Set in a similar style to Jane Austen, about an arranged marriage. A pretty girl is made to marry a man who is grossly overweight, but will she ever love her obese husband?
I was born into an age where the King was thought mad and the Americas sought their independence. I was born into a society that deemed, for a girl of my superior position, it was correct and proper for my father to choose my husband. From a very early age he would say to me, “Sarah, marriage is a union based on trust and respect, between a man and a woman bred from equal class backgrounds, who thus share the same values and principles of life. To be diverted by the notion that love is the driving principle will do nothing but court unhappiness and disappointment.”
As I grew older I observed that my father had omitted one other driving force in the choice of an appropriate husband. Money. Leaning towards the celebration of my twenty first birthday I became acutely aware of how certain rich and worthy men took a growing interest in our family, especially since my figure had rounded into graceful curves and my mother had permitted me to wear the highly fashionable lower cut bodice. Likewise my father’s interest in various prestigious lords and their offspring grew, to the point where often he would be away for days on end visiting their estates and, no doubt, bartering my worth. It therefore came as no surprise when my father returned from one such visit and announced that I was to wed Lord Hartingdon’s only son and heir, Percy.
My first introduction to the intended bridegroom was a cool, formal affair, the two fathers watching every minute flicker of emotion across my face to see how I might react to the plump, sweaty hand, thrust into mine. Smiling, and quietly greeting him “good-day”, I hid my revulsion beneath a well practised façade of congeniality. Lord Percy was a man in his mid twenties blown wide by overindulgence. His thick, dark hair, sat plastered across his head in a flat, unfashionable style. The little beads of perspiration that erupted from the over exertion of rising from his chair to greet me ensured it remained tidily in place. His smile parted thick lips to show a hint of yellowed teeth and, although not an unpleasant smile, it lifted his cheeks in such a manner that his dark eyes nearly disappeared behind the involuntary hills of puffed out flesh beneath them.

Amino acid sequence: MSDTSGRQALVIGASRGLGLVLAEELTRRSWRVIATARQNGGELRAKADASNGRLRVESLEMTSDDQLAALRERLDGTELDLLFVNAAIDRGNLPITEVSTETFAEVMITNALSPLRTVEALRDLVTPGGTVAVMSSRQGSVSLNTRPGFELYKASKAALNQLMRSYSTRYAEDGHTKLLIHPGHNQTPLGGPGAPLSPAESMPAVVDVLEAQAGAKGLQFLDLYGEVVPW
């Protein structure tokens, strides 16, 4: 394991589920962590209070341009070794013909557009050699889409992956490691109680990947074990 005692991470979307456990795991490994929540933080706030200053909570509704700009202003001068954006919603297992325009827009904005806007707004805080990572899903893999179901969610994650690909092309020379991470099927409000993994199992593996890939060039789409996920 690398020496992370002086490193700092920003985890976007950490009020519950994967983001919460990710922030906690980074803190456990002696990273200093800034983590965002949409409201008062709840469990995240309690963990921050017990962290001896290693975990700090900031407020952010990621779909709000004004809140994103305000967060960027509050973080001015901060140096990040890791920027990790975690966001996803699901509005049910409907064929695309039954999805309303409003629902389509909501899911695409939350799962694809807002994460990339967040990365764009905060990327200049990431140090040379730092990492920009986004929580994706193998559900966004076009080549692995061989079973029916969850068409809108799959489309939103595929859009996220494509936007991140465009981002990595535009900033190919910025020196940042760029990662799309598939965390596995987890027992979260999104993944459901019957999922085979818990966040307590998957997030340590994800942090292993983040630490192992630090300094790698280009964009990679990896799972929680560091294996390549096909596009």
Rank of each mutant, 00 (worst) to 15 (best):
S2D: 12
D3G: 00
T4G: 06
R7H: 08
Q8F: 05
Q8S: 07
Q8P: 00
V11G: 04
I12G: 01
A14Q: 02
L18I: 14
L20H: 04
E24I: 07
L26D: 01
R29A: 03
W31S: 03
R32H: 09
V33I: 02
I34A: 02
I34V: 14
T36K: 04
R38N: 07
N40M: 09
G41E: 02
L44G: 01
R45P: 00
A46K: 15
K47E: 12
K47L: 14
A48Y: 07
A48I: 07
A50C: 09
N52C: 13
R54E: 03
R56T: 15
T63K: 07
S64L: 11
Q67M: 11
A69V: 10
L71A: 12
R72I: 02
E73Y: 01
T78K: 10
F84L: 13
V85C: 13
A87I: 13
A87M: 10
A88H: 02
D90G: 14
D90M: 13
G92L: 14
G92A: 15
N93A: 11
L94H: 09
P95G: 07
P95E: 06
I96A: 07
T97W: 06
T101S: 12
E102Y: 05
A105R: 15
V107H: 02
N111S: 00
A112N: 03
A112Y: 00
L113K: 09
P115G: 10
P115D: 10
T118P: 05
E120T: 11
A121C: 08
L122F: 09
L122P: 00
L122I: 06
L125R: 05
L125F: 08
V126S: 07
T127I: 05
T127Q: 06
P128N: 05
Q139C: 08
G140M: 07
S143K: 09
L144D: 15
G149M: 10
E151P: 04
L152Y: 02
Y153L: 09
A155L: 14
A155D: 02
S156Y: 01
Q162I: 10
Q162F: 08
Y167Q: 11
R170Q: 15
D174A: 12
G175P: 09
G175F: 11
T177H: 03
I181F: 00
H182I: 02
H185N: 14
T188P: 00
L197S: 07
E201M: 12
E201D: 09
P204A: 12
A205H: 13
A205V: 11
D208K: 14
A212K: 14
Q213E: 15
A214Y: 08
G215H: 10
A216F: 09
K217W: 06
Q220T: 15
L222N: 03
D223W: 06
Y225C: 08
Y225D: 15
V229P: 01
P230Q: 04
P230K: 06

We all sat in awkward silence for a while, Percy’s huge bulk spilling out across the chaise long one of the servants had bought in for his comfort, the chair proving to be less than adequate. He wore black breeches, a black waistcoat over a clean white shirt, a black jacket and a clutch of laced cloth at his throat in the style taken on by every fashionable gentleman about town. Along with the sweet aroma of a delicious fragrance devised, especially for men, by a certain Madame Bouvaire, my future husband did at least offer the impression of a gentleman who had tried his utmost to impress through a show of impeccable taste.
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